Get to Washington DC in 24 hours, 50 minutes via Sydney and Los Angeles with Qantas – or in around 21 hours total flight time with a more direct route.
Take one the daily flights to Washington DC from Brisbane and you can get there in less than 20 hours via Los Angeles with Qantas.
The Super Shuttle provides regular door-to-door services from all three airports, with pick-ups and set-downs from any home, office or hotel address. Pre-purchase a shuttle ticket online or over the phone, or visit the ticket counter on the lower level after collecting your luggage. The counter is open from 6.00am to 2.00am. Outside these hours, call the number listed at the counter to arrange travel.
The Ronald Reagan Washington National Airport is linked directly to the city via the Metro (Yellow or Blue Line). For the Baltimore-Washington International Airport get the Metrobus (B30), which connects you with the Metro (Green Line) at Greenbelt Station. For Washington Dulles International Airport get the Metrobus (5A) to Rosslyn Station to get the Metro (Orange or Blue Line) to the city.
Taxi ranks are located on the ground level outside the baggage claim exits of terminals at all three airports. Taxicab dispatchers are always on hand to assist passengers with questions and for those requiring extra assistance. They'll help you choose a taxi based on your destination. Prices vary greatly depending on which airport you're travelling to/from and current traffic conditions.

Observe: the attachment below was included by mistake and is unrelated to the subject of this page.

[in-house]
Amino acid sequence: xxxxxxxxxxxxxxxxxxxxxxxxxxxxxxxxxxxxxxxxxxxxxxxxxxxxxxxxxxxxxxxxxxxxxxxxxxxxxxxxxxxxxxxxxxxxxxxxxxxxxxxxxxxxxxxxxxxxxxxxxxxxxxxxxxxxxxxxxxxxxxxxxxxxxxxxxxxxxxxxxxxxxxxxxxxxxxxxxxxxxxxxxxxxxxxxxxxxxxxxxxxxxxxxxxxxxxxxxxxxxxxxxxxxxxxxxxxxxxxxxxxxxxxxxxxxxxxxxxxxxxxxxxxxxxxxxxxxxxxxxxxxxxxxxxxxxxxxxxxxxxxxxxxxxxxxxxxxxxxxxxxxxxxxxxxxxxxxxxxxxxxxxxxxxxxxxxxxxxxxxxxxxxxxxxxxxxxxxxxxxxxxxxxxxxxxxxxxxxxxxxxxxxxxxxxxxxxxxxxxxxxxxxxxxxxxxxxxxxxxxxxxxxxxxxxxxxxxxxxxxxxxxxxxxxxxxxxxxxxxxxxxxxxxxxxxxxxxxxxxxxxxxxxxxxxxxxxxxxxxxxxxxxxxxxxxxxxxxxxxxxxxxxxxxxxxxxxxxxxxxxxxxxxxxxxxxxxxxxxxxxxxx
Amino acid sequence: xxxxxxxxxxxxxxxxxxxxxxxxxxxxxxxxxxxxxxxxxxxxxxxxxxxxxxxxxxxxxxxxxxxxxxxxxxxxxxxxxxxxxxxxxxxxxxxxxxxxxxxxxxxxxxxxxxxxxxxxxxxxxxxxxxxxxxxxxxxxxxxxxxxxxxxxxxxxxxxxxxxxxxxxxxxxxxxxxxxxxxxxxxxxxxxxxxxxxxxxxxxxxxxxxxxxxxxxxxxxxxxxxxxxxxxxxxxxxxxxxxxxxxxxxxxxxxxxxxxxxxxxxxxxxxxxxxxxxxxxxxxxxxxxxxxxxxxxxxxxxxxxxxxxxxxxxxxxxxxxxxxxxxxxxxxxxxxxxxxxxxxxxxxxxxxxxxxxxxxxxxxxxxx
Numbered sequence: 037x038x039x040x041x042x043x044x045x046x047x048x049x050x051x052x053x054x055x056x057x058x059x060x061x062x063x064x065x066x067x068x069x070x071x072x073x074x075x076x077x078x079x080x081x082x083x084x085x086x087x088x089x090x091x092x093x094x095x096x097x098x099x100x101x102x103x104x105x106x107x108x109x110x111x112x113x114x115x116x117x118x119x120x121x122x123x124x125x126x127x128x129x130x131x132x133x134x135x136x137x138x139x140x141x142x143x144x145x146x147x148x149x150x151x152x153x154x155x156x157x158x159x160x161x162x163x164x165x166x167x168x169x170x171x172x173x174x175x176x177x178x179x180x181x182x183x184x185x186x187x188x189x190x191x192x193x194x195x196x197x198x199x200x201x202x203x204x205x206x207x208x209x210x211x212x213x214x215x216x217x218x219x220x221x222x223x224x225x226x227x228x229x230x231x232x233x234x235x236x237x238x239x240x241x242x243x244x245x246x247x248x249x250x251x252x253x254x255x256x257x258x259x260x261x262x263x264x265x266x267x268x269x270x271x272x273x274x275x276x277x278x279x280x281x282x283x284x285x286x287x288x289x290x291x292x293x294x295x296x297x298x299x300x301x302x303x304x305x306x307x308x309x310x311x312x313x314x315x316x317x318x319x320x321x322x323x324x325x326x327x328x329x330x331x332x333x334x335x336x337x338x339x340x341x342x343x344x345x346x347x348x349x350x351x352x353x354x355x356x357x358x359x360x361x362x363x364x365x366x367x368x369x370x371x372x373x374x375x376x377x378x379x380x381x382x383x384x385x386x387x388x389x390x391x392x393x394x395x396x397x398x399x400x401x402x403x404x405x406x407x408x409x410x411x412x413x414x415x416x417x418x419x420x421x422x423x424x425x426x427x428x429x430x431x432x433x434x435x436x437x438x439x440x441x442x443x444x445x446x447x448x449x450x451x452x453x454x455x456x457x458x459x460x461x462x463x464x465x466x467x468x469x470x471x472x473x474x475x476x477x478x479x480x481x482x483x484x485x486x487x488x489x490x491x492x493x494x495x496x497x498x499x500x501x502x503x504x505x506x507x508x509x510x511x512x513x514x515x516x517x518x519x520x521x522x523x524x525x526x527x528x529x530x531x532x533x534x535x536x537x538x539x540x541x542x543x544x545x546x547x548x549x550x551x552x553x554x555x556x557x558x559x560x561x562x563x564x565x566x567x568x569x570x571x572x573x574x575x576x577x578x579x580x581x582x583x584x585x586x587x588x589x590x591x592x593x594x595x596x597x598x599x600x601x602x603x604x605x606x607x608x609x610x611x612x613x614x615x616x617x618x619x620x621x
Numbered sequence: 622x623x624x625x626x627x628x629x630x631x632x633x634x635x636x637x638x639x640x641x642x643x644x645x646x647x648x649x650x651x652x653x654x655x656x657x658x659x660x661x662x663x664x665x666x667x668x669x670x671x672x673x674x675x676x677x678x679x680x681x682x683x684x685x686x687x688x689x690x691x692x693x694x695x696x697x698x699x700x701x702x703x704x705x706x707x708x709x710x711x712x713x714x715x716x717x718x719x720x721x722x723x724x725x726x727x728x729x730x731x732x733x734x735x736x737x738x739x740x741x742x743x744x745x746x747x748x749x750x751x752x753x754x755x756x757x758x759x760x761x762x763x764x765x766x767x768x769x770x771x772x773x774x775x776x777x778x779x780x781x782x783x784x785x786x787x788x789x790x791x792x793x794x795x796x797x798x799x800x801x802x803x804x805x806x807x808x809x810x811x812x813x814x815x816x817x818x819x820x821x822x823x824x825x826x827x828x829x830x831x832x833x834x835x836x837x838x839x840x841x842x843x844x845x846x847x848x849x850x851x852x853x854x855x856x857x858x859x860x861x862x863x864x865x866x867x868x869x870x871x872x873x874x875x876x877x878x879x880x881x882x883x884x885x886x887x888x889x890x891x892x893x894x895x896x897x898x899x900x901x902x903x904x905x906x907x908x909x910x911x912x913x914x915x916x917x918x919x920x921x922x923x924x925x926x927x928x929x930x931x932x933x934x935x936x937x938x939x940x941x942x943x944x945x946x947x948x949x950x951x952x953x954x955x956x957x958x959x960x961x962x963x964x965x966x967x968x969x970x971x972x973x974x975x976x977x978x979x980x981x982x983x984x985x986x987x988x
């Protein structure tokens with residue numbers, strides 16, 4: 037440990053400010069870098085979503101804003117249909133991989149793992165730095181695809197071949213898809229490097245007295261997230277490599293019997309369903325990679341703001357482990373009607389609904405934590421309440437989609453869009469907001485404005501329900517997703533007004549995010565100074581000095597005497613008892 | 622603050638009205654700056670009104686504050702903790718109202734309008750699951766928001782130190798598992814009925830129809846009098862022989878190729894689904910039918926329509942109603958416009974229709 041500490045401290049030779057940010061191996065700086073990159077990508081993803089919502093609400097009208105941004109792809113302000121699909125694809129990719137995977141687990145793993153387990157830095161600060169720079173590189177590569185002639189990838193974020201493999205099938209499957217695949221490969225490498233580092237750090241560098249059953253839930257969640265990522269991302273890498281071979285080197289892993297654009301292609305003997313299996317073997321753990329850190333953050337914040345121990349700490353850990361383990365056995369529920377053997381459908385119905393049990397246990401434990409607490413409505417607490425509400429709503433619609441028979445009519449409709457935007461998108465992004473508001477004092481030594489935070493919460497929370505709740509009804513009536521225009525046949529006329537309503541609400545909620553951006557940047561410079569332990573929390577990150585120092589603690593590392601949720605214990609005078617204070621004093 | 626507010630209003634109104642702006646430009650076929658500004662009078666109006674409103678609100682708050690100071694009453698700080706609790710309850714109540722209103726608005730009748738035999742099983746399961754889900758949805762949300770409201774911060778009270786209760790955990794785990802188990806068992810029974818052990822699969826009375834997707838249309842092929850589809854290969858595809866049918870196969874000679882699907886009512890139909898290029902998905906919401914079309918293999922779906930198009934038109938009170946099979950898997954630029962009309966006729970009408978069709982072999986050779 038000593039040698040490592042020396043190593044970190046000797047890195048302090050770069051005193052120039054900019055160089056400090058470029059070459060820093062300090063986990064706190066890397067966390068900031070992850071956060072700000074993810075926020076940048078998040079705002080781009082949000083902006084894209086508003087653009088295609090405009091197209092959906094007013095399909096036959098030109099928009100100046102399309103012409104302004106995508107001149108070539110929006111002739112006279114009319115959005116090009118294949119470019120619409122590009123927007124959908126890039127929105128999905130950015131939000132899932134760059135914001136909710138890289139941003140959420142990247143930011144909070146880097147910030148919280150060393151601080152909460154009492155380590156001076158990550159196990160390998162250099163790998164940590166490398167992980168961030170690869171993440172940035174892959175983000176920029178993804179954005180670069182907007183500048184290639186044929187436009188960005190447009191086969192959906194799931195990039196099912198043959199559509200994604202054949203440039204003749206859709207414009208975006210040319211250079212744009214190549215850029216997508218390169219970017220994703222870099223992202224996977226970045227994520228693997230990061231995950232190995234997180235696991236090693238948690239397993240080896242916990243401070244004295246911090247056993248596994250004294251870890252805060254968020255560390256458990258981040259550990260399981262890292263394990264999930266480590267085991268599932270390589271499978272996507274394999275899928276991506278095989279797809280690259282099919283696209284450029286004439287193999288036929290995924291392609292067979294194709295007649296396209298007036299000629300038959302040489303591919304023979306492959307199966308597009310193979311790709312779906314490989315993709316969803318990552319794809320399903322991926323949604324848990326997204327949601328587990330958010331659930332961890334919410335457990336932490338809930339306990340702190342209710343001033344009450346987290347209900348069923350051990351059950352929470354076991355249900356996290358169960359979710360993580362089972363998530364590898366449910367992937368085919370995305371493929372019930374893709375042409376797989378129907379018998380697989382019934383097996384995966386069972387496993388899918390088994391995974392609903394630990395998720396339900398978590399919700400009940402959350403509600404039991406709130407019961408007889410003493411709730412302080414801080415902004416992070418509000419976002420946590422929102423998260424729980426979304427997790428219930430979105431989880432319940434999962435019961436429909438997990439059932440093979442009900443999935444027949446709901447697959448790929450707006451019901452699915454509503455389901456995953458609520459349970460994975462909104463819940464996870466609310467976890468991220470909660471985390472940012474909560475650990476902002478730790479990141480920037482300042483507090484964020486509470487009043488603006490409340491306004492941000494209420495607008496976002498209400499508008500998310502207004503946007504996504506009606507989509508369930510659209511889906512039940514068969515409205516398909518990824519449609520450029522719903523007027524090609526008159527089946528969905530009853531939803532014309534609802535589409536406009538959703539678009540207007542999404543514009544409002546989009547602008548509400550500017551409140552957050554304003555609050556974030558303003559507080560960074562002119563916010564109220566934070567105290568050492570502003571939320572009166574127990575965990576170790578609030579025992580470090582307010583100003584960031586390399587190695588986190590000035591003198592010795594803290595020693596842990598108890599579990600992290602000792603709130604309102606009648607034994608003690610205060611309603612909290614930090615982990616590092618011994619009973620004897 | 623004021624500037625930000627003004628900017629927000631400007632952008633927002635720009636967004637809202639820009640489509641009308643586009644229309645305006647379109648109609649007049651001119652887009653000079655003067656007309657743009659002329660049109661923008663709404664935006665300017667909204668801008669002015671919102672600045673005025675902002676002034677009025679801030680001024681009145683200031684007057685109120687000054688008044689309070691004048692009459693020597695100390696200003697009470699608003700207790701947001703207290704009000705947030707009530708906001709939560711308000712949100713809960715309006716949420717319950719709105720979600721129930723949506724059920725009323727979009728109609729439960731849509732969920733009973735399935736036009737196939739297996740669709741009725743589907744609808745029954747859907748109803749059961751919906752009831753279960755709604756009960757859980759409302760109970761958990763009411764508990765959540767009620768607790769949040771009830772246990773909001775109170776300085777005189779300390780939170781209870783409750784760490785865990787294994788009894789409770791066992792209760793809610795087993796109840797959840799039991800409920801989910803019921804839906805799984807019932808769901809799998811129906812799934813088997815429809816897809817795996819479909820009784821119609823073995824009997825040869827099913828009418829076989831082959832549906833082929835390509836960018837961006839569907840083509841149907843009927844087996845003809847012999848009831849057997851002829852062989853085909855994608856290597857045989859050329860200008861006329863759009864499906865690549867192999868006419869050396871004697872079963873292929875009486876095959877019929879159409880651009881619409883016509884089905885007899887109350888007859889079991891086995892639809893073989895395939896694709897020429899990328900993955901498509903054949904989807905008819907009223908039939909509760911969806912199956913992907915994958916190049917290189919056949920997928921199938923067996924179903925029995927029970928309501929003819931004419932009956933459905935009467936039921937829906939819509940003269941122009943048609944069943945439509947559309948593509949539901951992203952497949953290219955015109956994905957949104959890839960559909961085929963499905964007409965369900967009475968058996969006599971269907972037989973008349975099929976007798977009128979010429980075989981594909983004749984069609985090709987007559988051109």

If you prefer to avoid the hassle of public transport, or the costs and potential frustrations of hiring a taxi to get you everywhere, consider hiring a car for your holiday. Not only will you be able to drive directly from the airport to your accommodation, you will also be able to take exciting trips around and outside the city whenever you wish.
At the heart of DC, and many would say the nation, lies the majestic National Mall, a vast public green potently dotted with symbolic American buildings, memorials and sculptures. Stretching two miles from the US Capitol Building, past the Washington Monument to the Lincoln Memorial, the park is also home to the Smithsonian, an enormous collection of the nation's best (and free) museums.
With one of the largest concentrations of museums in the world, picking which ones to visit isn't easy. The National Museum of Natural History, National Air and Space Museum, International Spy Museum, National Museum of African Art and the National Portrait Gallery are just a few. While they're spread across the city, the National Mall is home to many.
The White House, the Capitol and the Supreme Court are three important government buildings that provide insight into the nation and its history. Each impressive in its own right, the White House and the Capitol have a visitor centre open daily, but guided tours must be booked in advance. Visitors can self-tour around the Supreme Court, taking advantage of educational programs onsite.